Hardly any Republican in the Senate has had the courage, other than Rand Paul of Kentucky, to stand up to the insurance companies and explain how Obamacare and any bill that preserves the subsidies is a permanent bailout for health insurance giants despite very strong profits for the major players in that industry since Obamacare became law. And again, these Republicans on the sidelines or supporting the subsidies, are supposedly from the party that stands for the free market and less government.
Another profile in cowardice.
On the other hand, the alternative health coverage plans that leave the subsidies in place and call for reversing the even more costly and immoral massive expansion of Medicaid run afoul of so-called "moderate Republicans." They're mostly from states that have embraced the increased federal funding Obamacare at least temporarily offered them to cover those added Medicaid recipients. And Democrats and the news media have also effectively used scare tactics to make a case that reforming or simply returning Medicaid to its pre-2010 parameters will cause chaos and death.
Precious few of them have bothered to question where the federal government is going to get the money to continue paying for all those new Medicaid recipients as their numbers continue to swell. More than 74 million Americans are on Medicaid now compared to 49 million just seven years ago. And even fewer of them have pointed out that massively expanding the number of people on Medicaid has crowded out the truly poor recipients who have a hard enough time finding doctors and other health care providers to treat them. A good case can be made that the Medicaid expansion that senators like Susan Collins, Ron Johnson, and Shelly Moore Capito are so unwilling to vote to undo isn't compassionate at all. But no one in elected office seems to be making that case right now.
More profiles in cowardice.
So where does that leave us? The term of the moment is "skinny bill." That's the measure that will leave the subsidies and the Medicaid expansion in place and just eliminate Obamacare's individual mandate penalty, the employer mandate penalty, and the medical device tax. NBC News reports that's where the Senate leadership has moved the goal posts to now. That makes the most sense politically, and even I have argued that at least stripping out Medicaid changes from an initial reform bill makes sense from a strategic point of view. The problem is, there's no solid evidence that even that "skinny bill" could pass right now.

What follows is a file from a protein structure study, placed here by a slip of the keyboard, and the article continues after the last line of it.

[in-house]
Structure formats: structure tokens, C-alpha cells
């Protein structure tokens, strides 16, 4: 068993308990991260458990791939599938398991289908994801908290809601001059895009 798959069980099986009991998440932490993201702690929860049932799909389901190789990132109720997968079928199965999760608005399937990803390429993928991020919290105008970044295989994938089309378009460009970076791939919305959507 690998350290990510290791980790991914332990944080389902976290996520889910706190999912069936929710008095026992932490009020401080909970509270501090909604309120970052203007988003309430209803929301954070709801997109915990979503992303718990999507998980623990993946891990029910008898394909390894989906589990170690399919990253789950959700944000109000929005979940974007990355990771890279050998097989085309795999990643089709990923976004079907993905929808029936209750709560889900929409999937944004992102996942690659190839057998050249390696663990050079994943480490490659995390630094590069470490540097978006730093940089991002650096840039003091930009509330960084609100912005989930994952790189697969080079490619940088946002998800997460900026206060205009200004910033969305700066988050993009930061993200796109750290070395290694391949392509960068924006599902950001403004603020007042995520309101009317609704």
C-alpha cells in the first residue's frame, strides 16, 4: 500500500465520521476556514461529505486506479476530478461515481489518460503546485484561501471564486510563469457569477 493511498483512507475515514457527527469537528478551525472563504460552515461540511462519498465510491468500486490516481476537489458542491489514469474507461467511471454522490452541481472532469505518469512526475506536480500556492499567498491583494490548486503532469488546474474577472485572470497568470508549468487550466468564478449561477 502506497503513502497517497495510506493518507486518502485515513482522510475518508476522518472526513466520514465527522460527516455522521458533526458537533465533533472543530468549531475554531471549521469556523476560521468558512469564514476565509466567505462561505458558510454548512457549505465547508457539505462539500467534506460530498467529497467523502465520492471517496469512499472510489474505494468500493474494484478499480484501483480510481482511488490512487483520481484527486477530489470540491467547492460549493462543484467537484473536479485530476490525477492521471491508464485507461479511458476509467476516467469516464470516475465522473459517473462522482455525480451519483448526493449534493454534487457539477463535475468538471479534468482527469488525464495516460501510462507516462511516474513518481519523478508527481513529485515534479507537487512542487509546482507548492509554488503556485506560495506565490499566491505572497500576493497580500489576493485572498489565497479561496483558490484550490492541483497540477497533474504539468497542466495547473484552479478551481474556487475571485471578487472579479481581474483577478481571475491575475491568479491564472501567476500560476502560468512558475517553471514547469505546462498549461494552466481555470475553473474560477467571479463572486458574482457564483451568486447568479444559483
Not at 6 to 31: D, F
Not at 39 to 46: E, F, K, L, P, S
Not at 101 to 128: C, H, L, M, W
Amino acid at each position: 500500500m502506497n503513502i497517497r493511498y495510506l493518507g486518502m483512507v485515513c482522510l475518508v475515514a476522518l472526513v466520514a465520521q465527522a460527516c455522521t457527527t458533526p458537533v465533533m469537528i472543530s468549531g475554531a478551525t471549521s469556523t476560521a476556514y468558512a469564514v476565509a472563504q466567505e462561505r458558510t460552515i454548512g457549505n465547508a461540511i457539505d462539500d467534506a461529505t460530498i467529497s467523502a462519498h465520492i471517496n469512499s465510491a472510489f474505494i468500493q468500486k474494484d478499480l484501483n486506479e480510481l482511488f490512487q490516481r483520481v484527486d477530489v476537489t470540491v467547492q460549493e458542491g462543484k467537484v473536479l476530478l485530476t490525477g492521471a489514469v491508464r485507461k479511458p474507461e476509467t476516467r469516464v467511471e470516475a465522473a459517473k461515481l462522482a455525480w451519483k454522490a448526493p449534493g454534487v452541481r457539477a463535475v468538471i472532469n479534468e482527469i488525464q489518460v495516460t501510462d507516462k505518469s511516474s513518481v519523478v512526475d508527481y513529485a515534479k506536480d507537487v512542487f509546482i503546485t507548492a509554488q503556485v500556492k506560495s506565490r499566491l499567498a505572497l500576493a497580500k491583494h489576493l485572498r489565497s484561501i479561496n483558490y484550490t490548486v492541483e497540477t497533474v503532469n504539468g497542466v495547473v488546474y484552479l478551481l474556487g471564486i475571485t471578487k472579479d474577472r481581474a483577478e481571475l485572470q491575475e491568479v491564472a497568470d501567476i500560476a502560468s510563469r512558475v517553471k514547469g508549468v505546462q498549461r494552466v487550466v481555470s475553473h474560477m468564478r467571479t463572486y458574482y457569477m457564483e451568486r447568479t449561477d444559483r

In his impassioned speech on the Senate floor just after the vote Tuesday, Senator John McCain said he can't vote for any replacement bill as it stands now anyway. And this from a man showing the only courage of any kind in the Senate by shaking off his grave cancer diagnosis to return to Washington Tuesday.
We can't forget that the American people really don't care about political strategy, they want the health coverage price explosion fixed. Tuesday, the Senate just barely voted to even consider any plans to give the people what they want. That's not only a profile in cowardice, it's occupational indecency. And it's a terrible omen not only for the chances of meaningful health coverage reform, it's a bad sign that the legislative branch is capable of handling much of anything at all.
Commentary by Jake Novak, CNBC.com senior columnist. Follow him on Twitter @jakejakeny.
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